The poor treatment of school office staff

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School office staff often find themselves underpaid, overworked and ignored. Christine Lewis explains.

There is no mileage in creating a hierarchy of the unrecognised among school staff, but when it comes to feeling valued, office staff are some way down the pecking order. 

We received 2,350 responses to a survey of administrators (50 per cent), business managers (20 per cent), finance officers (12 per cent), secretaries (nine per cent), assorted smaller groups and those who said “all of the above”. 

A third of respondents had jobs with multiple roles. One, for example, was an “administrative assistant, home-link worker, nurture group and therapeutic story-writing group leader”. Several others said “general factotum” and “all things to all people” and versatility and flexibility shone through the responses. 

Of issues identified, increased workload (93 per cent) just outstripped low pay (90 per cent) as the top concern, some saying that pressure (often because of academy status) was affecting their health. Eighty-four per cent experience work-related stress.

The nascent negotiating body SSSNB, abolished by the coalition government, (its return promised by Labour) acknowledged the high levels of unpaid overtime worked by support staff. Our survey shows two-thirds of respondents taking work home, clerking for governors gratis, or coming into school during the holidays. 

One respondent working extra hours also reported an average 13 unpaid days’ work when school is closed. Of those surveyed, 77 per cent were on term-time only contracts, that is, unwaged for about eight to 10 weeks (without the right to claim unemployment benefit) with reduced pay, holidays, pensions and other benefits.

According to the 2013 Annual Survey of Hours and Earnings, the average annual wage for a school secretary is £15,003; term-time contracts intensify the poverty trap. As well as the vexed issue of pay cuts and freezes, survey respondents referred to the introduction of zero-hour contracts; 74 per cent felt job insecurity.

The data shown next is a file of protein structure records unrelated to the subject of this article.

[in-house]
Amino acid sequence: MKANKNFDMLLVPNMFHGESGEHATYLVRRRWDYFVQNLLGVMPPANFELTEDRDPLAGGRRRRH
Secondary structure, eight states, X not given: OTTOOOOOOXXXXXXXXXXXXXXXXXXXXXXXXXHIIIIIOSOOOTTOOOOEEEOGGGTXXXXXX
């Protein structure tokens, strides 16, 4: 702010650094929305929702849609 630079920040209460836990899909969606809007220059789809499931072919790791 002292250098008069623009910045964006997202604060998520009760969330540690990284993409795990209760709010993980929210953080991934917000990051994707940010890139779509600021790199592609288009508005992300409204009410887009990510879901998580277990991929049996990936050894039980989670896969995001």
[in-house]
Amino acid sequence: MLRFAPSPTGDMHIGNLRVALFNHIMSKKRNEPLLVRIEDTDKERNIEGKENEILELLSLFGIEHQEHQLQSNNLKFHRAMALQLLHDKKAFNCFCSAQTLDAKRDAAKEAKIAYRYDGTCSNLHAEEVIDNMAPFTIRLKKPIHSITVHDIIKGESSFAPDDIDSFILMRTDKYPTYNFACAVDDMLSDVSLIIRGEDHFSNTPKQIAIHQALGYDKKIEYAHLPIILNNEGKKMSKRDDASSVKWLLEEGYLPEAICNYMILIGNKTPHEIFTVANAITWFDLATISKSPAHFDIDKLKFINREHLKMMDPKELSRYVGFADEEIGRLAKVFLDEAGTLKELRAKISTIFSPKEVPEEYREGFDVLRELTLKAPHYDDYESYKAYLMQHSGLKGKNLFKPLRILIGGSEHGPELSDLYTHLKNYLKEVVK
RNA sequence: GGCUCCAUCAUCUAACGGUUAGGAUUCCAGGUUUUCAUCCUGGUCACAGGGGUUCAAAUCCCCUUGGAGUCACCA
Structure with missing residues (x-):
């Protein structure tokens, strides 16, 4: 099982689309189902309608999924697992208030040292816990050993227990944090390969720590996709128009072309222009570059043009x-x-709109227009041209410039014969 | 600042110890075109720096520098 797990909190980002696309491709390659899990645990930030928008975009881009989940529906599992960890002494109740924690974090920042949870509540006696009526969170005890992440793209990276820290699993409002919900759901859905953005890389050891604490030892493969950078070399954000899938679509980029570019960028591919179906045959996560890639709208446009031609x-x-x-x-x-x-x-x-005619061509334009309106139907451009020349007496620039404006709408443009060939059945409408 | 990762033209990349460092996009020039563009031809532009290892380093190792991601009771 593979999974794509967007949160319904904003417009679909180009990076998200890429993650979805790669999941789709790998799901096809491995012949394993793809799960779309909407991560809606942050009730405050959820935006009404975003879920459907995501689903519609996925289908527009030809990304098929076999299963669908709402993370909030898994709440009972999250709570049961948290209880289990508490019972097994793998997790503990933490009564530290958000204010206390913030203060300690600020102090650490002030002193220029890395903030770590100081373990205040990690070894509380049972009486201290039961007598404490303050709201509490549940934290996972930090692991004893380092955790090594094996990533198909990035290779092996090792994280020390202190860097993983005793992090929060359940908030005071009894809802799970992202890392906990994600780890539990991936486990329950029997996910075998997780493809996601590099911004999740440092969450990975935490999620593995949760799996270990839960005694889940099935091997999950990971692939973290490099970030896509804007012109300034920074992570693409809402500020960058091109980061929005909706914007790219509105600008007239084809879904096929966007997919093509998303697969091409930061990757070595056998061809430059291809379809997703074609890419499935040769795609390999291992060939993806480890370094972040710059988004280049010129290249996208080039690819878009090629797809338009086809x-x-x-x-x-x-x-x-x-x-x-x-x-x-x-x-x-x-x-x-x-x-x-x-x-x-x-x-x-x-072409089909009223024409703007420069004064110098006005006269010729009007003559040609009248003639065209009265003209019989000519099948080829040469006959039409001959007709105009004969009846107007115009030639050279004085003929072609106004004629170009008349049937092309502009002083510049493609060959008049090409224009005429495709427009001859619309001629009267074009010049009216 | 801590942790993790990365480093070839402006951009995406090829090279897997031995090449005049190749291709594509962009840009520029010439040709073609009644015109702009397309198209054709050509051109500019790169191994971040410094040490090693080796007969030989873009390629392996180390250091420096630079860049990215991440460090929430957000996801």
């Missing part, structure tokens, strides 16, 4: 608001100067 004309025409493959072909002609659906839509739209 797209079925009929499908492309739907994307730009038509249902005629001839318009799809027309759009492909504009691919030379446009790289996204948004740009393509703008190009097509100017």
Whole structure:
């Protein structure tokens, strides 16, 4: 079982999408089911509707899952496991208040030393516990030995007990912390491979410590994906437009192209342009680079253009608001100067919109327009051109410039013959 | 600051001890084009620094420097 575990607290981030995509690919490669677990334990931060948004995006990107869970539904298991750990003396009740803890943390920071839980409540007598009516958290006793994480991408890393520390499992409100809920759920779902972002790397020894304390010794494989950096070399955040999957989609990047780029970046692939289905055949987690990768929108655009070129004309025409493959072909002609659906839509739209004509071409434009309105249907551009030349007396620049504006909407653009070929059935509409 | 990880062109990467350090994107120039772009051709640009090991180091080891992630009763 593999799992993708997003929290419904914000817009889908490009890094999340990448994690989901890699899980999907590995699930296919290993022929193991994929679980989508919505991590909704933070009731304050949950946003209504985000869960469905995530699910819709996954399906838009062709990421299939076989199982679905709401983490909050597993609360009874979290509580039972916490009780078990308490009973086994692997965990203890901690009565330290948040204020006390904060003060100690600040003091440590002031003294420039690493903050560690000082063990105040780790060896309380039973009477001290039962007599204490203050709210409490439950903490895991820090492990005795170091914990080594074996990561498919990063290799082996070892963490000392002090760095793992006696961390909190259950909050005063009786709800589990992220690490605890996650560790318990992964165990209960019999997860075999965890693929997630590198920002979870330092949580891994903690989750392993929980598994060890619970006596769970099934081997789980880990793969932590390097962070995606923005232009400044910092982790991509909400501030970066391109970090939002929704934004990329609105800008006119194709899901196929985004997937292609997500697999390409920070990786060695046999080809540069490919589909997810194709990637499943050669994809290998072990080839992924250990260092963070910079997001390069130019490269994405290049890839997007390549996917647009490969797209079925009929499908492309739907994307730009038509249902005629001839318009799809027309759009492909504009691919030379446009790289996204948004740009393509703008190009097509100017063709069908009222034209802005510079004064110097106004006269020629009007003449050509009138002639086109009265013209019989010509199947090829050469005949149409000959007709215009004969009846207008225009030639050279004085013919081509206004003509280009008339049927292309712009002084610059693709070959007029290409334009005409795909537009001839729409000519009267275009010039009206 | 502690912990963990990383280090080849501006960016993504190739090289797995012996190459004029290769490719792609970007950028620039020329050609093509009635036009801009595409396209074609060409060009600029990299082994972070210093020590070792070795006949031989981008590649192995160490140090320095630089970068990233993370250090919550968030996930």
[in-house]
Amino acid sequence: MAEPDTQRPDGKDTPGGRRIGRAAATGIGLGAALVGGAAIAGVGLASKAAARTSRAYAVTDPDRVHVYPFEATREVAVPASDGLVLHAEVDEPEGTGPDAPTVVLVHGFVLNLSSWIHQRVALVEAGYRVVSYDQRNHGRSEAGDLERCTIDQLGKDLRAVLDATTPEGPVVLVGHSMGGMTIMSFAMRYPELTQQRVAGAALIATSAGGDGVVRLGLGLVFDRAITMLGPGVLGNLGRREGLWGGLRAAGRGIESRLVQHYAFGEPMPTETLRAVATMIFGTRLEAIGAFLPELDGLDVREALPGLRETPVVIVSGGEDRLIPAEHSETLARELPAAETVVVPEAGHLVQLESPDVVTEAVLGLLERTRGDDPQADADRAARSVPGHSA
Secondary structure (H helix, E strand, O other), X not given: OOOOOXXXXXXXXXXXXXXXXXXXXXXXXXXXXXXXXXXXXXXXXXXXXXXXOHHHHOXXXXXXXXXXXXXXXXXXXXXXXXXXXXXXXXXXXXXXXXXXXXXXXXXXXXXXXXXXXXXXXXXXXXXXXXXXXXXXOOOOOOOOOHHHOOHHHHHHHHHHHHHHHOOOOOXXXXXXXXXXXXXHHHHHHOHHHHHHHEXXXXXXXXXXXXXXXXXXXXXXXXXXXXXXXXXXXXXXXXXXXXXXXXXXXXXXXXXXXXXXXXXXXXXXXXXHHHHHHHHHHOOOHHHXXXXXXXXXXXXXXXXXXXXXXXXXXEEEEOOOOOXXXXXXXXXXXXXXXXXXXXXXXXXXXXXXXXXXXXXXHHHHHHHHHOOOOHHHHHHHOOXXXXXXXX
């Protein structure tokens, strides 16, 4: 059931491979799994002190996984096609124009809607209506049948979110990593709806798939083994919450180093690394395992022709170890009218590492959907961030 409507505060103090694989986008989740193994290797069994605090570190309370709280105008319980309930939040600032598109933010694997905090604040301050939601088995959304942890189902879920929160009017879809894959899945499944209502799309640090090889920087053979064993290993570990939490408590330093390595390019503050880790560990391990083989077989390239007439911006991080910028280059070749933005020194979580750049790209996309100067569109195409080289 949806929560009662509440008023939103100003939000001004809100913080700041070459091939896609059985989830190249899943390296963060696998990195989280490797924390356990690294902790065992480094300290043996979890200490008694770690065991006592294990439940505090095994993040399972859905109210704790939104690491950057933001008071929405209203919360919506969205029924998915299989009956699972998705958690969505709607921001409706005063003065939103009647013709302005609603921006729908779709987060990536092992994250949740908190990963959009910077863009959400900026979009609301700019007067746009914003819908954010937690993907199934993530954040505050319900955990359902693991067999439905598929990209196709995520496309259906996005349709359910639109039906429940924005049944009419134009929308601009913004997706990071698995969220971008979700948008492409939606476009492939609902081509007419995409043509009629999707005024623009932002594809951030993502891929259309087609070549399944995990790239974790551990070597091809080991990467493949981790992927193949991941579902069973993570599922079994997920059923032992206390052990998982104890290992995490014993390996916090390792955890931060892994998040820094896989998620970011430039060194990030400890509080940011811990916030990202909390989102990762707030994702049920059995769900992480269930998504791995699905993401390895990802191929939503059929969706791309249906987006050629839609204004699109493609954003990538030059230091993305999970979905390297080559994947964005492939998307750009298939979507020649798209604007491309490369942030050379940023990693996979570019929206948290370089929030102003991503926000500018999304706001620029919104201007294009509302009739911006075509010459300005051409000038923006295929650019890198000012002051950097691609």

Challenging behaviour, violence and allegations were of concern to 59 per cent of respondents, although some thought dealing with parents was a more pressing issue. Reference was made to threats, physical and verbal abuse, lack of respect and aggression – just under two-thirds in the survey were concerned about allegations from children, parents and carers. More than 40 per cent said that they were bullied by colleagues – forced to work out-of-hours, afraid of being ill and were refused “reasonable requests”. Dealing with pupils’ health needs is a significant challenge for support staff and 57 per cent identified it as an issue. 

Professional development opportunities were considered inadequate by 61 per cent of respondents, some of whom felt this reflected their inferior status. Some spoke of contrasting school cultures depending on the attitudes of those at the top and many said that they loved their jobs, despite everything.

The visibility of support staff is often impaired by a focus on pedagogy and result churn. Appreciating the whole school team goes hand-in-hand with appreciating the whole child – their welfare, relationships and wider life. 

UNISON has now launched the “Biggest Ever” survey of all support staff and in the first 24 hours received nearly 10,000 replies. These are people who want to be heard. The survey closes on Monday (October 20) and the results will be published on November 28, when we celebrate Stars in Our Schools, those behind the scenes as well as in front of the class.

Our focus is the whole school community and we ask teachers, parents, pupils, heads and governors to join us. Details of preparations for the day and on-going commentary can be found online.

Further information
The UNISON survey: http://svy.mk/1rXhkDA


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